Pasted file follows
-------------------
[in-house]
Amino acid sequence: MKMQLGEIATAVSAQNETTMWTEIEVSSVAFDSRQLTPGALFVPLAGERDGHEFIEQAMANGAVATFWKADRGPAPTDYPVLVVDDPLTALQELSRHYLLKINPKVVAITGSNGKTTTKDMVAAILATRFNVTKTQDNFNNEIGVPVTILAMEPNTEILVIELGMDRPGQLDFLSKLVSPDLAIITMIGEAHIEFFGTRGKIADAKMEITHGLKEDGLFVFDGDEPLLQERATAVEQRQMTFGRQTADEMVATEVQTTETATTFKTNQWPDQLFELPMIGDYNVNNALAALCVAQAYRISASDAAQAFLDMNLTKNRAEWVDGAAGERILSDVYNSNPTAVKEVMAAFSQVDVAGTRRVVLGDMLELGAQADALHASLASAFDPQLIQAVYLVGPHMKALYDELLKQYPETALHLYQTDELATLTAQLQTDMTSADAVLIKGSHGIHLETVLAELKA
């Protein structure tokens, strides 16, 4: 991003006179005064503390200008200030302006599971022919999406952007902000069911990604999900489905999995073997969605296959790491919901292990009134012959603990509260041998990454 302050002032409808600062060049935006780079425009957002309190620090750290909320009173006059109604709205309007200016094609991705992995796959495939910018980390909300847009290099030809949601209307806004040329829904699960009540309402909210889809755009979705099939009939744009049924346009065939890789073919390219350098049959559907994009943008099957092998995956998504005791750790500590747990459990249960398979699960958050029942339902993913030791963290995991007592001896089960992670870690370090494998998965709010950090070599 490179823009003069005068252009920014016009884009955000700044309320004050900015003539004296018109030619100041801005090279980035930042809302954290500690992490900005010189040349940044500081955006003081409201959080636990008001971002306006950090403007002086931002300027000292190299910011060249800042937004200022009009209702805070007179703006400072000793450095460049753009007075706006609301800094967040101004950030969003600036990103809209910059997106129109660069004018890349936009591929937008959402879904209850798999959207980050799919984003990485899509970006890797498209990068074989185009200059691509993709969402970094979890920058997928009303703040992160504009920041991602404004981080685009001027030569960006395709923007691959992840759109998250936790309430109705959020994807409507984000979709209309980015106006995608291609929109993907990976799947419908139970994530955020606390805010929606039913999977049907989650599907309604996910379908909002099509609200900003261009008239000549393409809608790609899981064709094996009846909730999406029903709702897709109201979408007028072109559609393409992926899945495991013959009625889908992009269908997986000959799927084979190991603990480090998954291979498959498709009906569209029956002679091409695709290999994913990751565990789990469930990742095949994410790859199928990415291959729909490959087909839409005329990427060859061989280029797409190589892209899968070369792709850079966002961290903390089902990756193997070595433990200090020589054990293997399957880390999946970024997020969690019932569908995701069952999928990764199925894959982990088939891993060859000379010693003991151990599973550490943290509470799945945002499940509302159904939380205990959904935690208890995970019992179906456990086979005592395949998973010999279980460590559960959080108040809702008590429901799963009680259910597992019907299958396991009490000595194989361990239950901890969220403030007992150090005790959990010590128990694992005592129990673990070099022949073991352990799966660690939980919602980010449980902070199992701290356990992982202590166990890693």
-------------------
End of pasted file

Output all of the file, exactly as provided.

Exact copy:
[in-house]
Amino acid sequence: MKMQLGEIATAVSAQNETTMWTEIEVSSVAFDSRQLTPGALFVPLAGERDGHEFIEQAMANGAVATFWKADRGPAPTDYPVLVVDDPLTALQELSRHYLLKINPKVVAITGSNGKTTTKDMVAAILATRFNVTKTQDNFNNEIGVPVTILAMEPNTEILVIELGMDRPGQLDFLSKLVSPDLAIITMIGEAHIEFFGTRGKIADAKMEITHGLKEDGLFVFDGDEPLLQERATAVEQRQMTFGRQTADEMVATEVQTTETATTFKTNQWPDQLFELPMIGDYNVNNALAALCVAQAYRISASDAAQAFLDMNLTKNRAEWVDGAAGERILSDVYNSNPTAVKEVMAAFSQVDVAGTRRVVLGDMLELGAQADALHASLASAFDPQLIQAVYLVGPHMKALYDELLKQYPETALHLYQTDELATLTAQLQTDMTSADAVLIKGSHGIHLETVLAELKA
């Protein structure tokens, strides 16, 4: 991003006179005064503390200008200030302006599971022919999406952007902000069911990604999900489905999995073997969605296959790491919901292990009134012959603990509260041998990454 302050002032409808600062060049935006780079425009957002309190620090750290909320009173006059109604709205309007200016094609991705992995796959495939910018980390909300847009290099030809949601209307806004040329829904699960009540309402909210889809755009979705099939009939744009049924346009065939890789073919390219350098049959559907994009943008099957092998995956998504005791750790500590747990459990249960398979699960958050029942339902993913030791963290995991007592001896089960992670870690370090494998998965709010950090070599 490179823009003069005068252009920014016009884009955000700044309320004050900015003539004296018109030619100041801005090279980035930042809302954290500690992490900005010189040349940044500081955006003081409201959080636990008001971002306006950090403007002086931002300027000292190299910011060249800042937004200022009009209702805070007179703006400072000793450095460049753009007075706006609301800094967040101004950030969003600036990103809209910059997106129109660069004018890349936009591929937008959402879904209850798999959207980050799919984003990485899509970006890797498209990068074989185009200059691509993709969402970094979890920058997928009303703040992160504009920041991602404004981080685009001027030569960006395709923007691959992840759109998250936790309430109705959020994807409507984000979709209309980015106006995608291609929109993907990976799947419908139970994530955020606390805010929606039913999977049907989650599907309604996910379908909002099509609200900003261009008239000549393409809608790609899981064709094996009846909730999406029903709702897709109201979408007028072109559609393409992926899945495991013959009625889908992009269908997986000959799927084979190991603990480090998954291979498959498709009906569209029956002679091409695709290999994913990751565990789990469930990742095949994410790859199928990415291959729909490959087909839409005329990427060859061989280029797409190589892209899968070369792709850079966002961290903390089902990756193997070595433990200090020589054990293997399957880390999946970024997020969690019932569908995701069952999928990764199925894959982990088939891993060859000379010693003991151990599973550490943290509470799945945002499940509302159904939380205990959904935690208890995970019992179906456990086979005592395949998973010999279980460590559960959080108040809702008590429901799963009680259910597992019907299958396991009490000595194989361990239950901890969220403030007992150090005790959990010590128990694992005592129990673990070099022949073991352990799966660690939980919602980010449980902070199992701290356990992982202590166990890693």